Love, or better stated, compassion, is a rare commodity in the world today, for it can only be generated by God. Compassion is a divine character quality that comes only from God and not from human hearts. It is a divine plant of heavenly origin, and its source is heaven, not earth. Whenever it is manifested by human beings, it is because God has moved upon the hearts, whether or not they declare them selves to be children of God. They can be atheists, agnostics, spiritually indifferent, or Communists, but if they display compassion toward others, it is because God is working within. God is thus present in such action and in that person, even if the individual does not acknowledge Him as God. This is the message of John: "Beloved, do not imitate evil but imitate good. He who does good is of God; he who does evil has not seen God" (3 John 11, RSV). This text does not judge people on the basis of their beliefs, but on the basis of their behavior—their actions. Nothing is said of their beliefs. It is people's behavior that determines whether they are of God, not what they believe. In other words, how they use the power entrusted them. And in the last judgment, when God separates the sheep from the goats, it is behavior that determines destiny. This is precisely what Ellen White says: "When the nations are gathered before Him, there will be but two classes, and their eternal destiny will be determined by what they have done or have neglected to do for Him in the person of the poor and the suffering." 6
What the powerful do on behalf of the powerless determines destiny. The great est power in the world is the power of an unselfish life. "No other influence that can surround the human soul has such power as the influence of an unselfish life." That's power, the kind Jesus displayed, and the kind that shapes the very character of God.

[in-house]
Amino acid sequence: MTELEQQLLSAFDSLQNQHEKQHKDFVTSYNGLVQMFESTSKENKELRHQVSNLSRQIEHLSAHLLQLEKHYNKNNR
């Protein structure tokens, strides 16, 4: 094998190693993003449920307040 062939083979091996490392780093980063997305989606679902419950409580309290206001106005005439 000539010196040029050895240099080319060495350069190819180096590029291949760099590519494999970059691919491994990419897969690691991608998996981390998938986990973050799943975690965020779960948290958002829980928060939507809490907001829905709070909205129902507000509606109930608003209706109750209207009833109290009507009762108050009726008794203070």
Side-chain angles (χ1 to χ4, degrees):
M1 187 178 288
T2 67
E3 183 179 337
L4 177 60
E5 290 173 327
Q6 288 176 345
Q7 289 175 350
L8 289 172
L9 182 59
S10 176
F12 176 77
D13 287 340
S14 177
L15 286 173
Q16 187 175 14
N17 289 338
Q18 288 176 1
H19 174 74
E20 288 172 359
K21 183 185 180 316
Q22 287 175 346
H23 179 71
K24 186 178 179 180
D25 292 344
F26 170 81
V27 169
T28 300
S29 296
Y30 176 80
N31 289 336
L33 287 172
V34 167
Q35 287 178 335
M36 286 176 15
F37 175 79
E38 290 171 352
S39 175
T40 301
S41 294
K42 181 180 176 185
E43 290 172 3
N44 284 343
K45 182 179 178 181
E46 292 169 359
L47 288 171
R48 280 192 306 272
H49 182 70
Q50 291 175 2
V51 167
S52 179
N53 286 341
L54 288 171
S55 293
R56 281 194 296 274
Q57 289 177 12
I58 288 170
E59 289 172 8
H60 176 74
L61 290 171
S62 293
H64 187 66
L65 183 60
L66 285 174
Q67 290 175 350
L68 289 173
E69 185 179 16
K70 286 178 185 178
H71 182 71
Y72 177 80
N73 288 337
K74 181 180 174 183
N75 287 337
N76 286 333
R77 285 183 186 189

What we see on the cross in the person of the God-Man Jesus Christ of Nazareth, hanging between heaven and earth, is the raw power of divine love. From the human perspective it is powerlessness. "He saved others; himself he cannot save. If he be the King of Israel, let him now come down from the cross, and we will believe him" (Matt. 27:42). But from the divine perspective it is the most powerful act God has ever done, and the world has not been the same since. In 1 Corinthians 1:21-25, the apostle Paul contrasts these two perspectives: "For since, in the wisdom of God, the world did not know God through wisdom, it pleased God through the folly of what we preach to save those who believe. For Jews demand signs and Greeks seek wisdom, but we preach Christ crucified, a stumbling block to Jews and folly to Gentiles" (verses 21-23, RSV).
Why was the crucifixion of Christ a stumbling block to the Jews and foolishness to the Gentiles? Because the Jews, a powerless and a subject people, wanted a Messiah who could confront Roman steel with steel, and not with statements about loving one's enemies. And the Gentiles, who wielded power over the Jews, saw in such methods of salvation only the foolish gesture of powerless peasants.
"But to those who are called, both Jews and Greeks, Christ the power of God and the wisdom of God. For the foolishness of God is wiser than men, and the weakness of God is stronger than men" (verses 24, 25, RSV).
God takes love, which the world regards as weakness, and makes it the most powerful force in the world. That's power! In Ephesians 4:31-5:1, Paul again writes: "Let all bitterness and wrath and anger and clamor and slander be put away from you, with all malice, and be kind to one another, tender hearted, forgiving one another, as God in Christ forgave you. Therefore be imitators of God, as beloved children. And walk in love, as Christ loved us and gave himself up for us, a fragrant offering and sacrifice to God" (RSV).
Here we have the two types of power available in the world today—power that operates out of force and power that operates out of love. The one originates with Satan, the other with Christ. Which one do we as pastors manifest?
Two behaviors, one servant